Soon afterward as the children of Jacob sat in their camp eating bread, they looked and saw a company of Ishmeelitish merchants making their way toward Egypt. At that sight the mind of Judah began to work in much the same way as Reuben’s had. He began to devise a plan by which Joseph could be saved alive without exposing himself to the brothers as one who had gone soft on Joseph. “What profit is it we slay our brother, and conceal his blood?” he said. “Come, and let us sell him to the Ishmeelites, and let not our hand be upon him; for he is our brother and our flesh.” To this they readily consented for all by that time had sorely repented within himself for what they had done. Although it was in itself evil enough that they should sell their brother for a slave, it did seem to them the better of two evils. Eagerly they hastened to the pit and drew Joseph from it. Thinking at least for a moment that now they would be free from his blood, they took from the hands of the Ishmeelites twenty pieces of silver exchanging for it their brother to be carried as a slave into Egypt.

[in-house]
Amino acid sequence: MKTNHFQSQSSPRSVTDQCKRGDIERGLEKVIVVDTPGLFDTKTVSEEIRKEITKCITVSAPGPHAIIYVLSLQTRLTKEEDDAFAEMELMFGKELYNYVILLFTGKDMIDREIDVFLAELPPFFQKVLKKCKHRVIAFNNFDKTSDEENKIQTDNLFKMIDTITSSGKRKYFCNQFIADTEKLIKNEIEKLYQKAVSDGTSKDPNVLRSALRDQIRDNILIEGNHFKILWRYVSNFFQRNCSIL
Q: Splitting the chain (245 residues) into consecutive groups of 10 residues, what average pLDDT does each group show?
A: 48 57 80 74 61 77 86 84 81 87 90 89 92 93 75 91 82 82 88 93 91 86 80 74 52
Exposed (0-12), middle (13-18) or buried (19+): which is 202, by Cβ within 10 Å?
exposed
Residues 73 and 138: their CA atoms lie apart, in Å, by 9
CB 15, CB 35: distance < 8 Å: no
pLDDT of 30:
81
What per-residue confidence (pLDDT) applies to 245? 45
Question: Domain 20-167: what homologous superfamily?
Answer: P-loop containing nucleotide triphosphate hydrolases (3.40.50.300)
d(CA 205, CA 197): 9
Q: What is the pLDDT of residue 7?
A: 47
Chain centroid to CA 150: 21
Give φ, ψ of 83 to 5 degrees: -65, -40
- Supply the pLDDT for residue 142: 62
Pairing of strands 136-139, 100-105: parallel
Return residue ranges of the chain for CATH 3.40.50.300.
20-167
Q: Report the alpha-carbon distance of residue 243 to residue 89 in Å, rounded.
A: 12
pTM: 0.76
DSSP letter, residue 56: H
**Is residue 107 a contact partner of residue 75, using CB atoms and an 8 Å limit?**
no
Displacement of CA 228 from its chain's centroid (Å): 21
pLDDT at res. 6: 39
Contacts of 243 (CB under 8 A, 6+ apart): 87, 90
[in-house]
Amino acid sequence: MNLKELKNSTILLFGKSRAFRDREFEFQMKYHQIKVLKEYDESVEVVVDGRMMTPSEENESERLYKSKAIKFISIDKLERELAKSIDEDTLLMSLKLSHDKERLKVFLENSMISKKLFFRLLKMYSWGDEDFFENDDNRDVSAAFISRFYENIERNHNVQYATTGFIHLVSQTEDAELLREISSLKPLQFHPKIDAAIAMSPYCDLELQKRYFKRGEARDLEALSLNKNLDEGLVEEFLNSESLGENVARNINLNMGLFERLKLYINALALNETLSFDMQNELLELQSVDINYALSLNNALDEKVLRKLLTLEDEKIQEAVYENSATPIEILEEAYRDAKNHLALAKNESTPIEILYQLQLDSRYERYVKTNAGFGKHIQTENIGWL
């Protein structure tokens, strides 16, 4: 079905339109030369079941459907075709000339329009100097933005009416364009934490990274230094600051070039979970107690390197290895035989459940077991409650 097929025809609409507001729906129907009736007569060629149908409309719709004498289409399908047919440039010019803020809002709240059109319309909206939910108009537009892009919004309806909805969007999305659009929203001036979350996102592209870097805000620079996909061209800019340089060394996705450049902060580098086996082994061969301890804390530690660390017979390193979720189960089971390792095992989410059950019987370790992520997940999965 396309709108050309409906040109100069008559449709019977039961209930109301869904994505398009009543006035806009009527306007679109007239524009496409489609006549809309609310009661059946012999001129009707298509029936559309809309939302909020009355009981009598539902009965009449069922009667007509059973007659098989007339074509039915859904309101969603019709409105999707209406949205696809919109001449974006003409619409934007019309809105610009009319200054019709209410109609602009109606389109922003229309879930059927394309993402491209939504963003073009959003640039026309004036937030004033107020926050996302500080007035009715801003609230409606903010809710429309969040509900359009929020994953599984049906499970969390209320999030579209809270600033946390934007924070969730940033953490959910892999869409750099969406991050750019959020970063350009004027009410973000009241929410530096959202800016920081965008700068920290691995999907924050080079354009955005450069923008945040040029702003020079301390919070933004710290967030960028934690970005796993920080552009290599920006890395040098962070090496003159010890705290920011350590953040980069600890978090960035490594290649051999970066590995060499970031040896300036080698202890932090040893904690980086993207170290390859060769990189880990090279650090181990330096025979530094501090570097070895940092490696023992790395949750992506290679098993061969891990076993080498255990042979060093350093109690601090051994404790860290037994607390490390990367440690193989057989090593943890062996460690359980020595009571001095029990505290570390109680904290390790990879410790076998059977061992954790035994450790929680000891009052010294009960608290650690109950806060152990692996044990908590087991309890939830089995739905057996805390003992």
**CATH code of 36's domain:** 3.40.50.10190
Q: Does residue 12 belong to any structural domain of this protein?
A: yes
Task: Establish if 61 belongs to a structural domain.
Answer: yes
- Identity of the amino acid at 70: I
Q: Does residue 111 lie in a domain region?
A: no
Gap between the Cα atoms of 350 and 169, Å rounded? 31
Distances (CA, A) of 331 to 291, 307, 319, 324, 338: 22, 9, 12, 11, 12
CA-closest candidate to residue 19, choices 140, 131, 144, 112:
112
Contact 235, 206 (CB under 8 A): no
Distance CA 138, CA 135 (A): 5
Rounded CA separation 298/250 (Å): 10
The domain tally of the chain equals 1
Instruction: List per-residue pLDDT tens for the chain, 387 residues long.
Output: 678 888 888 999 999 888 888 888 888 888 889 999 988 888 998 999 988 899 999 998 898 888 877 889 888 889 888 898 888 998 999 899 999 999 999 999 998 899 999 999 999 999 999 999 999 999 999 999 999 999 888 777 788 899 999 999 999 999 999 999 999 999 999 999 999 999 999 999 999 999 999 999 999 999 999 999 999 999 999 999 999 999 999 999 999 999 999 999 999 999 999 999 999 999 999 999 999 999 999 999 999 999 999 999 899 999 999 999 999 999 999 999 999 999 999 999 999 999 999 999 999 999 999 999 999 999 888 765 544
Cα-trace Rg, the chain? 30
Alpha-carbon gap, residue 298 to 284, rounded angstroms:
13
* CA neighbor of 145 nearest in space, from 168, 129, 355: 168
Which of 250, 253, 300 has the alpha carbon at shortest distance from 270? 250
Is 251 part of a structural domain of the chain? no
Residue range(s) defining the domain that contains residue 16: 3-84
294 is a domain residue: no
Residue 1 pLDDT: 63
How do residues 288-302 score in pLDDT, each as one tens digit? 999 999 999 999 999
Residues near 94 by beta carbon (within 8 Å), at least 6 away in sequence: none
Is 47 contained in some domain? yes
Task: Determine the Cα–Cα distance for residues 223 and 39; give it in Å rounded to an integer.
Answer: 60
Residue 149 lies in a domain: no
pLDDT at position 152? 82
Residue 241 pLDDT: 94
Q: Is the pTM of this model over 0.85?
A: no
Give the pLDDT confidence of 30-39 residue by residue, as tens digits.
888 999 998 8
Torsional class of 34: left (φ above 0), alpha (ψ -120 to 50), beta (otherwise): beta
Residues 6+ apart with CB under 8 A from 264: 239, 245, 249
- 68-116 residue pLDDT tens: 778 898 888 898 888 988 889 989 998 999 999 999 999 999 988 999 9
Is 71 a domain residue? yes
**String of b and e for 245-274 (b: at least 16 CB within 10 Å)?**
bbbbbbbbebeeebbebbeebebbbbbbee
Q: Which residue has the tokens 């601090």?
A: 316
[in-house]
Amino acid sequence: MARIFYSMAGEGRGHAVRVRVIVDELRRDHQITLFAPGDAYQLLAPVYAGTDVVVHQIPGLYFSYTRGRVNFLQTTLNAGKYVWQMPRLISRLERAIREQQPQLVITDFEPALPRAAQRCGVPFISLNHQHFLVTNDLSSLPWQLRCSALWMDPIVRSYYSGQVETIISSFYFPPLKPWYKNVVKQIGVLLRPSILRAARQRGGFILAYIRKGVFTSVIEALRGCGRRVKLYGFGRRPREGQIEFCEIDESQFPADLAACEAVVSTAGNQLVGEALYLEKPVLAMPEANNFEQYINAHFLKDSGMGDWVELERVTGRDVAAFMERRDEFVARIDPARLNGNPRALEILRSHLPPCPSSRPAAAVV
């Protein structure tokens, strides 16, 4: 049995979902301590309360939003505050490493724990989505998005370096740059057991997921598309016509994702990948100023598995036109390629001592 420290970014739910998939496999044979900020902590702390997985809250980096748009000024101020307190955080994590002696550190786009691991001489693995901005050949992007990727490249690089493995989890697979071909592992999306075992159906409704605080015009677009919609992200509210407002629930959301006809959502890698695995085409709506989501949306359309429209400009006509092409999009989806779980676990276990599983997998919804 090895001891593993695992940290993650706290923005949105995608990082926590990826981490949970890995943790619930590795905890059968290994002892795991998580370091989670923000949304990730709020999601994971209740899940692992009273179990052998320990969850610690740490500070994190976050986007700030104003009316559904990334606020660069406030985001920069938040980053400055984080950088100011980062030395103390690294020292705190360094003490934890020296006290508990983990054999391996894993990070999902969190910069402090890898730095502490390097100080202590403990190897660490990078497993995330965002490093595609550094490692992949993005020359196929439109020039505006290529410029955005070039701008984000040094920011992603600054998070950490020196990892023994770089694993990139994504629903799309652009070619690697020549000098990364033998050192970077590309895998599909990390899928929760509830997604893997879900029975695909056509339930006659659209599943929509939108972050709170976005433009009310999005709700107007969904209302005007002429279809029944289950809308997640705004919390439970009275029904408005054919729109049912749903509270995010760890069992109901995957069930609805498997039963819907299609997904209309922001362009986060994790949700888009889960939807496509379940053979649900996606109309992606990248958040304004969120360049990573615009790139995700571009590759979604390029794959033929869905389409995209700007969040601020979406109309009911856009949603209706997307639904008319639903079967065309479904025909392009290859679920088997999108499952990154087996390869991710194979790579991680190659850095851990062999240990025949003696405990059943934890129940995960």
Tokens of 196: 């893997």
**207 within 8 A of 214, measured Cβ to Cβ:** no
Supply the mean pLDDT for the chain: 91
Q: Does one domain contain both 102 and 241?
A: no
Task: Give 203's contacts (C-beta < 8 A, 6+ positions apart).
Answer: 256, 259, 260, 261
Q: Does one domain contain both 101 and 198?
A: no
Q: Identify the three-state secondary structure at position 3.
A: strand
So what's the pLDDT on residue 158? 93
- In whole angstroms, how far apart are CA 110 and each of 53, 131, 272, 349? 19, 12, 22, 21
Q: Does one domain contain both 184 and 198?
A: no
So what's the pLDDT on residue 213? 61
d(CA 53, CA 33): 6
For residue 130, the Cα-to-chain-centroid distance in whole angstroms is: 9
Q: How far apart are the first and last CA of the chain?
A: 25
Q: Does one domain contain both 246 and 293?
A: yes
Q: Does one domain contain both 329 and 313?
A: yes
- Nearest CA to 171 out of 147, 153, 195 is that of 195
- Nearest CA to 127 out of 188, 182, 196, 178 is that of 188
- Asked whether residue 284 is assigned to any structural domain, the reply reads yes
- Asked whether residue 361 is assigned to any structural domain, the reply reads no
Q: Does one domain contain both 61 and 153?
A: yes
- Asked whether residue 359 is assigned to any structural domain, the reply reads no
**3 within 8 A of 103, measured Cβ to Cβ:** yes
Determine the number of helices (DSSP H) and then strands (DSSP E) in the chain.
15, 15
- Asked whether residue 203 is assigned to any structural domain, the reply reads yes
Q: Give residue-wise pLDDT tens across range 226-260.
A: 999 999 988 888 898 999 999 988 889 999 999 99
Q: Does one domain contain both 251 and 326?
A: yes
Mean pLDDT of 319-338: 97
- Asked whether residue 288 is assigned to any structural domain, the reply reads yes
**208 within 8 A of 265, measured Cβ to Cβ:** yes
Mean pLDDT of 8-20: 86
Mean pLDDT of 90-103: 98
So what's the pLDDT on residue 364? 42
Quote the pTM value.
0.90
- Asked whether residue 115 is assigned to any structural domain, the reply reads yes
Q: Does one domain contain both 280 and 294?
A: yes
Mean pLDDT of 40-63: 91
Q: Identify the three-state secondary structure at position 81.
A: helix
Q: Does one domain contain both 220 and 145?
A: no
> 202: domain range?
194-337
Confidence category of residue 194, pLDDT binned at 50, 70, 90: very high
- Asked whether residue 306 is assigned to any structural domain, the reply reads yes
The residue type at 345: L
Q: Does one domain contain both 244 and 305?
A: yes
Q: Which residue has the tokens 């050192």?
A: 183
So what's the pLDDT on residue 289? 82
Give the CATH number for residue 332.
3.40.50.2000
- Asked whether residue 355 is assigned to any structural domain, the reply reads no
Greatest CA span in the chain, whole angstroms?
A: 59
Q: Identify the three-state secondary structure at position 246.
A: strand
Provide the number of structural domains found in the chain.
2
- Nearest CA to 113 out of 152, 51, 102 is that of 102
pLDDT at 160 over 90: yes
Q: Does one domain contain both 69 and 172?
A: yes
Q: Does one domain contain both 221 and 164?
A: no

All this time Reuben was away from the others. He was waiting for them to leave the vicinity of the pit so that he could return to release Joseph. When finally he returned to the pit, it was too late, Joseph was already gone. Rending his clothes, he returned to the others crying out, “The child is not; and I whither shall I go?” Overwhelmed with strong feelings, he no longer cared to keep his intentions from the brothers. He told them that he had had no desire to slay Joseph but only to deliver him. Soon it came out from all. They had all felt much the same, but they had proceeded with the plan for the sake of appearance before the others. ..It was a sad group of men that turned their faces toward home that evening. They saw no other alternative but to continue with their plan. Dipping Joseph’s coat in the blood of a goat, they then brought it to their father. “This have we found,” they told him. “Know now whether it be thy son’s coat or no?”Little were they prepared for the greatness of the sorrow which filled their father at this news. Clothed in sackcloth and ashes he mourned day after day. Wretched men, they tried to comfort him; but what comfort could they give in their hypocrisy. They could talk to their father; they could speak of a providential visitation of God, but themselves they knew it was their own sin. Many were the years of grief which they would have to experience before they would know for truth that what they had intended for evil God intended for good. Yet it would only be in that day that they would receive complete peace again. 

B.W.